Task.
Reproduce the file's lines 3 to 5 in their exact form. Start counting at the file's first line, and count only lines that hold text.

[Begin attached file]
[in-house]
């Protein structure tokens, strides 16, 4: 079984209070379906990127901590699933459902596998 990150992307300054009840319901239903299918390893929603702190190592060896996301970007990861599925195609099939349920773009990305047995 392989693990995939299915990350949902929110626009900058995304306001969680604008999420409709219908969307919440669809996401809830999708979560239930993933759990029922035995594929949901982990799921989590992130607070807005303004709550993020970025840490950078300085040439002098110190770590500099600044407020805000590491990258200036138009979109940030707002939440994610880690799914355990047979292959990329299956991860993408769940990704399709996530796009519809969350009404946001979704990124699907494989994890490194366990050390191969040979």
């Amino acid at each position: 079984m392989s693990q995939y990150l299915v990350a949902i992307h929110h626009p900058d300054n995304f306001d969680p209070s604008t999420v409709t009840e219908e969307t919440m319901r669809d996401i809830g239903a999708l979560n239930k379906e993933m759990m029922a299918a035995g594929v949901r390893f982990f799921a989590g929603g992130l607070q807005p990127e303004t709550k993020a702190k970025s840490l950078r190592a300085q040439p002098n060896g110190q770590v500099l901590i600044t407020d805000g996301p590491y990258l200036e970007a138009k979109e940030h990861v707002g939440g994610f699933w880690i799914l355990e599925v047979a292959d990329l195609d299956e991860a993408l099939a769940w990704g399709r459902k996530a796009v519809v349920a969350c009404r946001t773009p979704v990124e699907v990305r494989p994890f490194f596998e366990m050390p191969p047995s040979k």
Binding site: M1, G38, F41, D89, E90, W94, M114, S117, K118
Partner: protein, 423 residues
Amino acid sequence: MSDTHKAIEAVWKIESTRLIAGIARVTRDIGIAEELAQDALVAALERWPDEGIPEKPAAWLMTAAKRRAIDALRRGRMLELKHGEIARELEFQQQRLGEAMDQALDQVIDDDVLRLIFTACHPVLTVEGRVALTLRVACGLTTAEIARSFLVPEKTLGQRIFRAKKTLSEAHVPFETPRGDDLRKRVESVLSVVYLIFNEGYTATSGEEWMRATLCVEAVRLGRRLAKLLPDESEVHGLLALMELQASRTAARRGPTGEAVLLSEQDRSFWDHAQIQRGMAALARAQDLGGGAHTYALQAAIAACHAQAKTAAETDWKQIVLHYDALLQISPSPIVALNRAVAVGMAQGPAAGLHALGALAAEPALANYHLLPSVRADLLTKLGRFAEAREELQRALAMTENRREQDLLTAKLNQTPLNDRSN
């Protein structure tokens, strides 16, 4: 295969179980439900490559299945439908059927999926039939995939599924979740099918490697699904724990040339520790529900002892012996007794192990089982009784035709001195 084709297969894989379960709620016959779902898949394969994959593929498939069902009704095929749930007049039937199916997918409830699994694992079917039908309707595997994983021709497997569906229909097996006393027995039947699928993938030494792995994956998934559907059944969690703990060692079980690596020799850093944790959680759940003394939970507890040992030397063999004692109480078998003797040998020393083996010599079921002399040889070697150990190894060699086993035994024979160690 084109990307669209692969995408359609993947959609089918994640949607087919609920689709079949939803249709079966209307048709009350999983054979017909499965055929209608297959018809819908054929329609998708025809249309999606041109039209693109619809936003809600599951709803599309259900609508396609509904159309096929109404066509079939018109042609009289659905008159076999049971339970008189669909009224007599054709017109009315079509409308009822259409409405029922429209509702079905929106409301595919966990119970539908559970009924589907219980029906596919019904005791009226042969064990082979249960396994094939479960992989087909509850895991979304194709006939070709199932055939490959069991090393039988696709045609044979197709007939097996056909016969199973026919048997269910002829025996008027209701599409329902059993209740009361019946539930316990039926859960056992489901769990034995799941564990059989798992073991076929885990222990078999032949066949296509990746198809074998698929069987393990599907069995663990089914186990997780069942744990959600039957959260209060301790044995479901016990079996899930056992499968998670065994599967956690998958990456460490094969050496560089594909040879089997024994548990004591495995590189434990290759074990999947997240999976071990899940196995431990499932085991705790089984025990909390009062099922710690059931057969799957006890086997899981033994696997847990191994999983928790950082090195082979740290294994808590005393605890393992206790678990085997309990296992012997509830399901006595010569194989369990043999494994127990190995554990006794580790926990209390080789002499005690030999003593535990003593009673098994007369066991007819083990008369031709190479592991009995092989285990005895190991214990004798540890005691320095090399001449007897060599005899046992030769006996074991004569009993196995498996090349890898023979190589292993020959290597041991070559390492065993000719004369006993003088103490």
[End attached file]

């Amino acid at each position: 079984m392989s693990q995939y990150l299915v990350a949902i992307h929110h626009p900058d300054n995304f306001d969680p209070s604008t999420v409709t009840e219908e969307t919440m319901r669809d996401i809830g239903a999708l979560n239930k379906e993933m759990m029922a299918a035995g594929v949901r390893f982990f799921a989590g929603g992130l607070q807005p990127e303004t709550k993020a702190k970025s840490l950078r190592a300085q040439p002098n060896g110190q770590v500099l901590i600044t407020d805000g996301p590491y990258l200036e970007a138009k979109e940030h990861v707002g939440g994610f699933w880690i799914l355990e599925v047979a292959d990329l195609d299956e991860a993408l099939a769940w990704g399709r459902k996530a796009v519809v349920a969350c009404r946001t773009p979704v990124e699907v990305r494989p994890f490194f596998e366990m050390p191969p047995s040979k």
Binding site: M1, G38, F41, D89, E90, W94, M114, S117, K118
Partner: protein, 423 residues